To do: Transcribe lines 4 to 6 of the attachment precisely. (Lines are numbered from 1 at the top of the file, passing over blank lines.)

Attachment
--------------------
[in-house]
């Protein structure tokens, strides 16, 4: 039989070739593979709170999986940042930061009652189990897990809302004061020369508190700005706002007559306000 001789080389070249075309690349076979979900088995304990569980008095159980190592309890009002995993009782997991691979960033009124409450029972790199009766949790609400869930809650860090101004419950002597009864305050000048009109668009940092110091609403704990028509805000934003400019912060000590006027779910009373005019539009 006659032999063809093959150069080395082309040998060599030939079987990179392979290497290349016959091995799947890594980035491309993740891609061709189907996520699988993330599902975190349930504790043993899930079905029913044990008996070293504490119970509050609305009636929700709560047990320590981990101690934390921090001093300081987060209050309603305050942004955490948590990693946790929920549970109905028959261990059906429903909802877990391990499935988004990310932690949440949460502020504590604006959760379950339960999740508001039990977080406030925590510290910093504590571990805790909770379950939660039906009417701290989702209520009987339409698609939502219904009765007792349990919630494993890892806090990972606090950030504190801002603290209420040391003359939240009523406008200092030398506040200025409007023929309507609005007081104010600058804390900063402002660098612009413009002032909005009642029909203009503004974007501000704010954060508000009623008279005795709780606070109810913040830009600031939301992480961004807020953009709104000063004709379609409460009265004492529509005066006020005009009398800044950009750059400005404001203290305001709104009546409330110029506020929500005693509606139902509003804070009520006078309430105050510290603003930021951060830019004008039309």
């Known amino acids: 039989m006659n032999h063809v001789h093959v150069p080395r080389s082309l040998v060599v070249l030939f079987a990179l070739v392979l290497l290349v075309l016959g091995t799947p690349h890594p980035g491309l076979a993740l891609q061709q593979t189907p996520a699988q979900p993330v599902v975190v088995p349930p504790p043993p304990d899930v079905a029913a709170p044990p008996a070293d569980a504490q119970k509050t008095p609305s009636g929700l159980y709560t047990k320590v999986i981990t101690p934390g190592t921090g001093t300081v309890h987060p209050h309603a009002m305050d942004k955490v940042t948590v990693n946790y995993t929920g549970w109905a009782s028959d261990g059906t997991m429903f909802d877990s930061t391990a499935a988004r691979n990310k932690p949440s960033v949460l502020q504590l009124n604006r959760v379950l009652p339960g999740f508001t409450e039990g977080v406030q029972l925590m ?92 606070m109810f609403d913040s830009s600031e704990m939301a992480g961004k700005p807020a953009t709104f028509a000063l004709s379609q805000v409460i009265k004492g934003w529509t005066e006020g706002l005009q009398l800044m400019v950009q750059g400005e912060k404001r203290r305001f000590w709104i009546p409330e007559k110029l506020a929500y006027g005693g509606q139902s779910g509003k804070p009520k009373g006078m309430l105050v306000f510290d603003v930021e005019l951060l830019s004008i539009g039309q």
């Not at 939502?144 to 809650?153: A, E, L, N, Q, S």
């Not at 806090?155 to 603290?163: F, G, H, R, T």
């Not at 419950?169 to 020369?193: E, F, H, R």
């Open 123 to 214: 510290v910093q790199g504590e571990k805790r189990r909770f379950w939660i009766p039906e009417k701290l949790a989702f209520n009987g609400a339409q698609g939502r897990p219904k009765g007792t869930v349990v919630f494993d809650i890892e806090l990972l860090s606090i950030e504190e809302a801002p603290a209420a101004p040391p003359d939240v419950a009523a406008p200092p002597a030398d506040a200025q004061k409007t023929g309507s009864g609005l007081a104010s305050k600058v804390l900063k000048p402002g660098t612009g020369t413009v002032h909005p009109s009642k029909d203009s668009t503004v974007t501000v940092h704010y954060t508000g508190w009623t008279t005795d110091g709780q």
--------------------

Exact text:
């Not at 939502?144 to 809650?153: A, E, L, N, Q, S």
């Not at 806090?155 to 603290?163: F, G, H, R, T």
């Not at 419950?169 to 020369?193: E, F, H, R």